City Kestrels

Or: The Importance of Falling Apart.

An intriguing passage in Bernd Heinrich’s The Nesting Season about German architects incorporating nesting spaces for such cavity nesters as Eurasian kestrels, jackdaws, and swifts, in new buildings got me thinking about Bob DeCandido’s project of tracking American kestrel nest sites in old buildings in New York City. In NYC, the nesting sites are usually in the decaying cornices of nineteenth century row houses. This is typical New York City American kestrel, Falco sparverius, nesting habitat. (Starlings also like spaces like this.)This nest site on West 17th St. in the Inner Borough was one I reported to Bob in 2009, after watching the birds zoom across the avenue, perch on a nearby balcony, and then zip one after the other into this hole.

Such grand ornamental structures are passé now, as tinny and bland glass and metal facade so many ugly-ass contemporary buildings. It’s only the inaction or inability of building owners who don’t patch up their cornices and thus inadvertently allow the kestrels’ unusual urban success. In rural and suburban areas, after all, kestrel numbers have dropped, in some places precipitously; among other reasons, nesting sites are harder and harder to find out there. Old hollow trees aren’t left standing, decrepit barns get fixed up, monocultural suburban developments are pretty much antithetical to life, etc.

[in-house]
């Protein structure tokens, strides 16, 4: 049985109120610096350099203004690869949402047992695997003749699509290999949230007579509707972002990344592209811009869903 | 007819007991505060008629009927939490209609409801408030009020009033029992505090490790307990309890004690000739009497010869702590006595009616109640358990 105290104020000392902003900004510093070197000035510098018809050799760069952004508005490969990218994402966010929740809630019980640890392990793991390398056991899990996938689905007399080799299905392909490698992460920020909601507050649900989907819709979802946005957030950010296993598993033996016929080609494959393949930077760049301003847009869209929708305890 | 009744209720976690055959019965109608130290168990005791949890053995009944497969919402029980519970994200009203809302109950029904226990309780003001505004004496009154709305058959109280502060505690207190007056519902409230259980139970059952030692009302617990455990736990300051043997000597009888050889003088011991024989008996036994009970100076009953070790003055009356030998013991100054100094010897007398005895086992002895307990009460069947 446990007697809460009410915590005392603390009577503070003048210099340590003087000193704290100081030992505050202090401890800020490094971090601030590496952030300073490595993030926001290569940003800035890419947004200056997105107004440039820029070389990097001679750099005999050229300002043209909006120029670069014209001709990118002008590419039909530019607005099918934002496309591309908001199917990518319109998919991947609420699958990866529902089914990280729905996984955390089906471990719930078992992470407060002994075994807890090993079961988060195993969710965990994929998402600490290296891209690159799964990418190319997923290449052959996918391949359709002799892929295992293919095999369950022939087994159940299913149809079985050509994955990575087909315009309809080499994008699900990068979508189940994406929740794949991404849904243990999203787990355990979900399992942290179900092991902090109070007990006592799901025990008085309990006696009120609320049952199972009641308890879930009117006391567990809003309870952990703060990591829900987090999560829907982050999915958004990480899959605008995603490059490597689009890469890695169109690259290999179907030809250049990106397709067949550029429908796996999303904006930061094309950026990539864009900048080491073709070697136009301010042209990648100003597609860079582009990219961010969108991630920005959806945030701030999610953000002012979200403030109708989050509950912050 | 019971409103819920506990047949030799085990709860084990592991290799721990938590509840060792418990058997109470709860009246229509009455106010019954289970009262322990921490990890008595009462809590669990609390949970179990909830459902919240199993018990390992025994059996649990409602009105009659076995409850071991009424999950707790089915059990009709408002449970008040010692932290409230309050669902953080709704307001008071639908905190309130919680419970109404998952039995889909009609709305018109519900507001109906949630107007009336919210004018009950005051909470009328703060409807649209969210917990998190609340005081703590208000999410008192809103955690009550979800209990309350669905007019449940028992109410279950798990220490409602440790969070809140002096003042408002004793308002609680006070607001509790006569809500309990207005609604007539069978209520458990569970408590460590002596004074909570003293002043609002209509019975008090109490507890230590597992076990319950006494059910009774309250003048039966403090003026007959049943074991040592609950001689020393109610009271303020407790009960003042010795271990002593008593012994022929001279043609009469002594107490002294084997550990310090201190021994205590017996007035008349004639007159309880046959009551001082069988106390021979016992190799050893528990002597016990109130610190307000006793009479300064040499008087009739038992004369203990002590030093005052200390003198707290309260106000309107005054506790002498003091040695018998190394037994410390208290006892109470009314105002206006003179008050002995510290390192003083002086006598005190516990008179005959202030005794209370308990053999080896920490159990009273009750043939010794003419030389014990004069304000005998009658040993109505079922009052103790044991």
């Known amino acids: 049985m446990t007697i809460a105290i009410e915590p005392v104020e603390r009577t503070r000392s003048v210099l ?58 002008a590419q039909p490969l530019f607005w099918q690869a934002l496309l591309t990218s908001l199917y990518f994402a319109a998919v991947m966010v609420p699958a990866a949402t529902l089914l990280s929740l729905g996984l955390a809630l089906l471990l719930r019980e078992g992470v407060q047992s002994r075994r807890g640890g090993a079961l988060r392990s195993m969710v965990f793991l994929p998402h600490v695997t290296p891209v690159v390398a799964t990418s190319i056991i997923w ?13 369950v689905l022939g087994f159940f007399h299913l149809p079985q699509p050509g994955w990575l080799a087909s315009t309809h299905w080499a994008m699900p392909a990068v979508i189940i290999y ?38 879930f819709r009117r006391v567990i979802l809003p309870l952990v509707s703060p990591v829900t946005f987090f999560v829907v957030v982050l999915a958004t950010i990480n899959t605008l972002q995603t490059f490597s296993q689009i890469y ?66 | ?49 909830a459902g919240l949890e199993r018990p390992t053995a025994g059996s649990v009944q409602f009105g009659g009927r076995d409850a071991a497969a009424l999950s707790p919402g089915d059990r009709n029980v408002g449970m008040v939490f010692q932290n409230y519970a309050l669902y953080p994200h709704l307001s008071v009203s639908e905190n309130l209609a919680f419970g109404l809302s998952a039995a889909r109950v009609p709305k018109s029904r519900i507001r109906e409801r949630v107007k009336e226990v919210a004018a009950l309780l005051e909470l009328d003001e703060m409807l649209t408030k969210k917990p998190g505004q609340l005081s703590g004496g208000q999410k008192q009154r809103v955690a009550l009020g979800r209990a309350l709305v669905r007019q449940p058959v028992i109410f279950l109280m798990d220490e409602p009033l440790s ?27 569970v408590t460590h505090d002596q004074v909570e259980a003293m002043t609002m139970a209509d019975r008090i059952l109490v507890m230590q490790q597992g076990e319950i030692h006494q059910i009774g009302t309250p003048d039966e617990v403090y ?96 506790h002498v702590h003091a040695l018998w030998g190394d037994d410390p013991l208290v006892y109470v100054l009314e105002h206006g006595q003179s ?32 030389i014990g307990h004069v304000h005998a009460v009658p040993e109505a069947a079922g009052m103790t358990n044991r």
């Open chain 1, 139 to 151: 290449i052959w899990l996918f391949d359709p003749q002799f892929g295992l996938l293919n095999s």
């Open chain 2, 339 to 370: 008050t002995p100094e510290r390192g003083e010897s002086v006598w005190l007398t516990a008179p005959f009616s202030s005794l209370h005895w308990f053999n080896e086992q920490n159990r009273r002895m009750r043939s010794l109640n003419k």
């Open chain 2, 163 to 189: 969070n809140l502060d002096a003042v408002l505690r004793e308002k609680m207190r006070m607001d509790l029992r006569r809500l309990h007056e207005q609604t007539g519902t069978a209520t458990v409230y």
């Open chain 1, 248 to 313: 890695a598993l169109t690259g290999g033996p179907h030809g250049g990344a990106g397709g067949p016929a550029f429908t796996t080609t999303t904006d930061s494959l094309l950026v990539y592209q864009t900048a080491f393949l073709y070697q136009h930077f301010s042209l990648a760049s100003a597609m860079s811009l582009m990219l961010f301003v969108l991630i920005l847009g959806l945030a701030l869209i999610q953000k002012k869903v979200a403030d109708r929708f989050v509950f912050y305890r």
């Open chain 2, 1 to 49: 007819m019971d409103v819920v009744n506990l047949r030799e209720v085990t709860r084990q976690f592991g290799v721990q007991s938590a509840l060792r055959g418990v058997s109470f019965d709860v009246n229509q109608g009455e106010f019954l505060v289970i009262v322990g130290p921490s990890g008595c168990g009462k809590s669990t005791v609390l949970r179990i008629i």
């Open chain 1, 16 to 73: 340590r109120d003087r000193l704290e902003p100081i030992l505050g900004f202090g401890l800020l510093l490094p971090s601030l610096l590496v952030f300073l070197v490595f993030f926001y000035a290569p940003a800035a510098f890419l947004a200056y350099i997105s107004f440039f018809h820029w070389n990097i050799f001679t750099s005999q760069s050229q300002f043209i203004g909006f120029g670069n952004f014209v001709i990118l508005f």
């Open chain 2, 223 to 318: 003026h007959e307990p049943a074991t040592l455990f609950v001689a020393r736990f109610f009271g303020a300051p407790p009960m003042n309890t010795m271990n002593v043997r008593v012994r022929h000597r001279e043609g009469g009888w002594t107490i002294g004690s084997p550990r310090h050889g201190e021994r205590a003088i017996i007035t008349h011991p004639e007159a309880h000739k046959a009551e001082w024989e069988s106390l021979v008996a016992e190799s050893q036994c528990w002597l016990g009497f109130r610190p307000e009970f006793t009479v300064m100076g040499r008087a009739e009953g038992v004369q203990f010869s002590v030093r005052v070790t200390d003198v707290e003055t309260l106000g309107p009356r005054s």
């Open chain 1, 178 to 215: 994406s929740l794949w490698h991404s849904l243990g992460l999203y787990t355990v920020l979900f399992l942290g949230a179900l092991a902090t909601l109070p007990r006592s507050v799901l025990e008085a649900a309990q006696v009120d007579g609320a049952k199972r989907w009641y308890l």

The American kestrel is the smallest falcon in our region; they are smaller than blue jays, but with longer wing-spans. They are also our most colorful raptor. They have the bold helmet-like head pattern characteristic of many falcon species, but they also have rufous backs and tails; the physically smaller male birds have blue-gray wings and a wide black band on the tail. Because they are small and very fast, they largely go unnoticed in the city, especially in comparison to their larger cousins the peregrines, and the big red-tailed hawks, some of whom practically have Manhattan publicists. They’re the most common raptor in the city, but also the most elusive. (Recognizing the ubiquity, NYC Audubon’s logo incorporates a kestrel in its hovering hunting mode.)

I like to say these birds depend on both the ruins of 19th century architecture and 20th century technology, because they can often be seen perched on old TV antennas, which still dot many a rooftop in the city. (Look for the bobbing tail, a good field mark from a distance.) Of course, they will perch on whatever is available:Holes in cornices, abandoned barns, dead and rotting trees, wood piles, patches of bare earth, et cetera, it’s all habitat, baby.

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